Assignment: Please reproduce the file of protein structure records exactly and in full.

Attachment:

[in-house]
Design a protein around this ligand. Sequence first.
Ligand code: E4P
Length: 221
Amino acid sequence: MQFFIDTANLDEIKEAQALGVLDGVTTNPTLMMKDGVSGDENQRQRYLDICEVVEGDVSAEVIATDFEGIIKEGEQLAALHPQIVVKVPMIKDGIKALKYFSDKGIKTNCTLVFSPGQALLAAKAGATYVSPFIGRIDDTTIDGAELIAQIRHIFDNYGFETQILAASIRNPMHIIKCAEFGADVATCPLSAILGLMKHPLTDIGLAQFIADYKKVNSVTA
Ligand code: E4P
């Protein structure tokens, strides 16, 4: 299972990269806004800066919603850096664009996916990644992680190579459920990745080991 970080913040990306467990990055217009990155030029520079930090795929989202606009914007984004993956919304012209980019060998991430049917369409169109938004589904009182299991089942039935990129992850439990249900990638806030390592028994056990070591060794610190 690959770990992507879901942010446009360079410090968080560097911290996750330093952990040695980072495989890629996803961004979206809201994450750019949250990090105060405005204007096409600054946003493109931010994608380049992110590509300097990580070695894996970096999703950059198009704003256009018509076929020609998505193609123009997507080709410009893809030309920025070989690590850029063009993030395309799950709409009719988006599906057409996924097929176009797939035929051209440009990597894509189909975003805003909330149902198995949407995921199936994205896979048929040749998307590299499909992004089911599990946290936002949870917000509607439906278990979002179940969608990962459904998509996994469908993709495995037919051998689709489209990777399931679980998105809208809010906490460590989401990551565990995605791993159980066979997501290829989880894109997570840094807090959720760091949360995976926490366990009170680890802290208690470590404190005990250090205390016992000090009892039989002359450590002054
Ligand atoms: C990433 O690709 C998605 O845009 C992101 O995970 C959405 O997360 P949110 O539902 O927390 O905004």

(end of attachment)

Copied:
[in-house]
Design a protein around this ligand. Sequence first.
Ligand code: E4P
Length: 221
Amino acid sequence: MQFFIDTANLDEIKEAQALGVLDGVTTNPTLMMKDGVSGDENQRQRYLDICEVVEGDVSAEVIATDFEGIIKEGEQLAALHPQIVVKVPMIKDGIKALKYFSDKGIKTNCTLVFSPGQALLAAKAGATYVSPFIGRIDDTTIDGAELIAQIRHIFDNYGFETQILAASIRNPMHIIKCAEFGADVATCPLSAILGLMKHPLTDIGLAQFIADYKKVNSVTA
Ligand code: E4P
């Protein structure tokens, strides 16, 4: 299972990269806004800066919603850096664009996916990644992680190579459920990745080991 970080913040990306467990990055217009990155030029520079930090795929989202606009914007984004993956919304012209980019060998991430049917369409169109938004589904009182299991089942039935990129992850439990249900990638806030390592028994056990070591060794610190 690959770990992507879901942010446009360079410090968080560097911290996750330093952990040695980072495989890629996803961004979206809201994450750019949250990090105060405005204007096409600054946003493109931010994608380049992110590509300097990580070695894996970096999703950059198009704003256009018509076929020609998505193609123009997507080709410009893809030309920025070989690590850029063009993030395309799950709409009719988006599906057409996924097929176009797939035929051209440009990597894509189909975003805003909330149902198995949407995921199936994205896979048929040749998307590299499909992004089911599990946290936002949870917000509607439906278990979002179940969608990962459904998509996994469908993709495995037919051998689709489209990777399931679980998105809208809010906490460590989401990551565990995605791993159980066979997501290829989880894109997570840094807090959720760091949360995976926490366990009170680890802290208690470590404190005990250090205390016992000090009892039989002359450590002054
Ligand atoms: C990433 O690709 C998605 O845009 C992101 O995970 C959405 O997360 P949110 O539902 O927390 O905004």